There’s a new study in one of Nature.com’s journals, Nutrition and Diabetes, that found people with type 2 diabetes lessened their nerve pain by eating a low-fat, plant-based diet. This study looks to me like an arm or continuation of the study presented last August at the American Association of Diabetes Educators’ (AADE) annual meeting. Same lead author, but while the AADE study was just a presentation (15 participants) this new one was published (35 participants). Both lasted 20 weeks. I wrote about the 15-person study when it came out: Study: Plant-Based Diet Reduces Diabetic Neuropathy Pain. Here’s the new published study:
A Dietary Intervention For Chronic Diabetic Neuropathy Pain: A Randomized Controlled Pilot Study, Nutrition and Diabetes, 26 May 2015
Those eating a low-fat, plant-based diet lost an average of 14 pounds compared to 1 pound in the control group (who didn’t make any dietary changes). They also dropped from an HbA1c (a measure of blood glucose over 2-3 months) of 8% to 7.2%, a 12% drop, even though they were eating more carbohydrate than when they started. Everybody and his brother tells me that’s impossible, even though I’ve posted numerous studies that show people with diabetes who reduce their fat intake see a drop in their blood glucose.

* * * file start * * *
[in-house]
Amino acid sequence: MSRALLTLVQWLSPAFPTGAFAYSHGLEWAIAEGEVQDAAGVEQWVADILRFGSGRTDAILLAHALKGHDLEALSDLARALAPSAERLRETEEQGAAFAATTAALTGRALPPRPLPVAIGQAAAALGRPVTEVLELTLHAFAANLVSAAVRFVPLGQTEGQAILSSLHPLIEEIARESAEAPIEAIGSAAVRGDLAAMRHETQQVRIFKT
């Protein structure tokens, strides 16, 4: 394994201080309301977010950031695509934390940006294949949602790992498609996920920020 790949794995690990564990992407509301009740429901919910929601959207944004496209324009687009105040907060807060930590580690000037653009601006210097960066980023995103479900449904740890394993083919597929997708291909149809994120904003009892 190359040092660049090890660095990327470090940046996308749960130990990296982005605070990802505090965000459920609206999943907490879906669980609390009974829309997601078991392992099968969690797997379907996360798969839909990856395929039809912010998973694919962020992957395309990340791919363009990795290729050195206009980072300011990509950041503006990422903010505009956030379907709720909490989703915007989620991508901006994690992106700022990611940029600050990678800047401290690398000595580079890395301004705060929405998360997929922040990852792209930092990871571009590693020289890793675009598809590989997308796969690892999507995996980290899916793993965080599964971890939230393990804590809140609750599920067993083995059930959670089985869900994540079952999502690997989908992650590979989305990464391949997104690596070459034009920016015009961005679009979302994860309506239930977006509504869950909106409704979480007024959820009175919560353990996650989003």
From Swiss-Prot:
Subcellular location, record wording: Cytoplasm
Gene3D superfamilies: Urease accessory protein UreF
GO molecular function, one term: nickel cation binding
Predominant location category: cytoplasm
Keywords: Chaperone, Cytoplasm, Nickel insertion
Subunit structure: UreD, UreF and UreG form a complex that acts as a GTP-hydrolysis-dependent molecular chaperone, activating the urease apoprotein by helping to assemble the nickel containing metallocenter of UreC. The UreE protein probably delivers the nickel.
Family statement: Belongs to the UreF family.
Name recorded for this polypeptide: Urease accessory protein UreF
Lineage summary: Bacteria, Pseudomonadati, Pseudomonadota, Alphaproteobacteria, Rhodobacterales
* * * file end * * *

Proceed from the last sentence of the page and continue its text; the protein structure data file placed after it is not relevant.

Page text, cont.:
As to the study’s research question … Will a low-fat, plant-based diet reduce neurpathy? It did. The intervention group experienced statistically significant improvements in several measurements of pain.
Here’s the diet, the goal for the diet at least. Only about 75% of the intervention group went animal-product-free. Many ate more fat than the 20-30 grams/day. They still lost weight and reduced pain:
The intervention diet omitted animal products, limited fat intake to 20–30 g per day and favored low-glycemic index foods. The diet focused on vegetables, fruits, grains and legumes. Example meals included oatmeal with raisins, pasta with marinara sauce, vegetable stir-fry with rice and lentil stew. In addition, participants were asked to take a provided daily tablet of 1000 mcg methylcobalamin (vitamin B12).
The mechanism(s) by which the low-fat plant-based diet improves neuropathy pain may involve improved insulin sensitivity, leading to better glucose control. In addition, diabetic neuropathy is associated with hypertension, dyslipidemia and obesity, all of which can be ameliorated with a plant-based diet.
This is interesting. Although B12-deficient participants were excluded, those in the placebo group, who also took B12, reported some improvements in pain, and:
The magnitude of the improvement suggests that the B12 supplement, intended to serve as a placebo, may have had real effects in both groups.
I don’t think people, especially those over 50, realize the importance of taking B12 supplements, regardless of whether they eat meat. You can’t cure a B12 deficiency by eating meat.
You don’t have to have diabetes to have neuropathy. People with pre-diabetes or high fasting or post-meal blood sugars suffer from it. And although numb fingertips are a dead giveaway, it doesn’t affect just fingers and toes. It affects the stomach, intestines, brain, eyes, sexual organs – any place there’s a nerve.